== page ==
"I didn’t need to read up on the subject, be trained or learn anything. I knew how it all worked because 80 per cent of my past lives have been connected to spiritual work, I have been a Satanist, and into Devil worship, which is how I got to know how Satan works and how the demons serve him. Because of that, I can now deal with them in my present life."
Perhaps this is the major difference between her and an exorcist for the Catholic Church, presumably, despite it being two forms of the same bullshit, they are at least trained! Kelly claims to have despatched with this thanks to experience in her "past lives". Imagine a doctor making such claims, unlikely you'd lie down on the operating table. It also separates Kelly from most so-called demonologists, who protest the title is more than just self-appointed. Kelly seems almost proud of this point.
Another major difference between Kelly and the Catholic Church, the latter have a strict selection process, not everyone who requests an exorcism is granted one. Kelly, on the other hand, sees demons and negative energy almost everywhere:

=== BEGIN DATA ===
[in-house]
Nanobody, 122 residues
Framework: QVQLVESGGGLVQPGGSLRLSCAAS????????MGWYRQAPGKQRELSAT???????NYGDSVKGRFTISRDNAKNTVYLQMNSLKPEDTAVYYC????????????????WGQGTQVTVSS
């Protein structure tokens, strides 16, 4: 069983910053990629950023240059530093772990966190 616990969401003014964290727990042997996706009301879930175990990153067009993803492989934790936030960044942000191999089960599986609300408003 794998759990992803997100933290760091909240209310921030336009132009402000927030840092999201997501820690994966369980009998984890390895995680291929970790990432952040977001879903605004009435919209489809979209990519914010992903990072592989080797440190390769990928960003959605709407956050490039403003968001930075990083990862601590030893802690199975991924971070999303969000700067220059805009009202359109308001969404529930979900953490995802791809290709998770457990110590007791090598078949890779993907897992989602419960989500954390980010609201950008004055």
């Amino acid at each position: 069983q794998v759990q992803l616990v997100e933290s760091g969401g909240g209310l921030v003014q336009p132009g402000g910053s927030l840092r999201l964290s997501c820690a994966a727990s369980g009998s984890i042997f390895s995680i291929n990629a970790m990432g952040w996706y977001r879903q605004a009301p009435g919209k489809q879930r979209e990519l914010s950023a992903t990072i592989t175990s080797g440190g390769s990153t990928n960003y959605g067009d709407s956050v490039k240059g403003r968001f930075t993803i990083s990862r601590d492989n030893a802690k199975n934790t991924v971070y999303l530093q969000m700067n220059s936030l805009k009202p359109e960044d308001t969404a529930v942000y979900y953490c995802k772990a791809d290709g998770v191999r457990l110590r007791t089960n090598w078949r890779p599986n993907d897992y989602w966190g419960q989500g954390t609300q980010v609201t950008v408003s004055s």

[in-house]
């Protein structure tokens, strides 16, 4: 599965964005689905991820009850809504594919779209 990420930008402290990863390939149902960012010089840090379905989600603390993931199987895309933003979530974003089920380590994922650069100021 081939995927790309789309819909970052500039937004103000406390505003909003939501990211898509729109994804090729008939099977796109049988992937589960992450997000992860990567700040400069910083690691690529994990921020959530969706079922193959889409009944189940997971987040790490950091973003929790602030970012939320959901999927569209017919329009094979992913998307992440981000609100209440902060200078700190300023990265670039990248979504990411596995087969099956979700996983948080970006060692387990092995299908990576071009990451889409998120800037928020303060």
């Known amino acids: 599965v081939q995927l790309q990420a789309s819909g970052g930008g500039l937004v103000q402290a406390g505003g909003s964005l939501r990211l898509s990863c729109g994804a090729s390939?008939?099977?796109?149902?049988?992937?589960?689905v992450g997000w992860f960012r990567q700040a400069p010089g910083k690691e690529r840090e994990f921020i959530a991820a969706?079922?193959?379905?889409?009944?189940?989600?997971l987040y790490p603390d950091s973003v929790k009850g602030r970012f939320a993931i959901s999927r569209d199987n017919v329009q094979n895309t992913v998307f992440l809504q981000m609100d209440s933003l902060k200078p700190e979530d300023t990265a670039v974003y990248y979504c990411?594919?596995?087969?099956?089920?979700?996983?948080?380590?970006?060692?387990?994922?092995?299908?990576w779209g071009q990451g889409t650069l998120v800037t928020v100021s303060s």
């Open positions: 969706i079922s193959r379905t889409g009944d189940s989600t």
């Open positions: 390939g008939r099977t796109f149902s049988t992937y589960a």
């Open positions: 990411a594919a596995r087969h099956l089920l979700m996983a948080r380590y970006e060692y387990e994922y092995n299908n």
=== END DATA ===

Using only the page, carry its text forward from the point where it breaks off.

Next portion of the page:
""I’d say nine out of ten houses are inhabited by bad energy, so I get a lot of work! And usually, once I start working on the person’s house, I can sense if the inhabitants have demons attached to them too...They usually do, as the bad energy sticks to people. It’s rarely just a building that is affected."This reminds me of a quote Joe Nickell once made about Ed Warren which I'll paraphrase, like Ed, Kelly has probably never walked into a house she didn't think was haunted. But unlike Ed, she thinks the owners are likewise afflicted too.
All this leads to the same concerns I have with many paranormal groups, Kelly really doesn't seem to have considered the psychological effect of telling a believer, someone who is possibly quite afraid of such things, that they are literally surrounded by demons.
""It can manifest in several different ways," explains Kelly. "Many people feel tired and depressed – suicidal even."The fact that Kelly makes above statement about the people she "helps" only makes it more damning that she has seemingly never considered the damage her bullshit could inflict in these people's lives. Kelly should not be dealing with people she feels are suicidal. She should be ensuring they get the correct help. There's nothing more disturbing than when people such as Kelly can't pull themselves out of the "paranormal hero" narrative long enough to see what might be harmless fantasy to her, could have serious ramifications for others with mental health issues that she interacts with.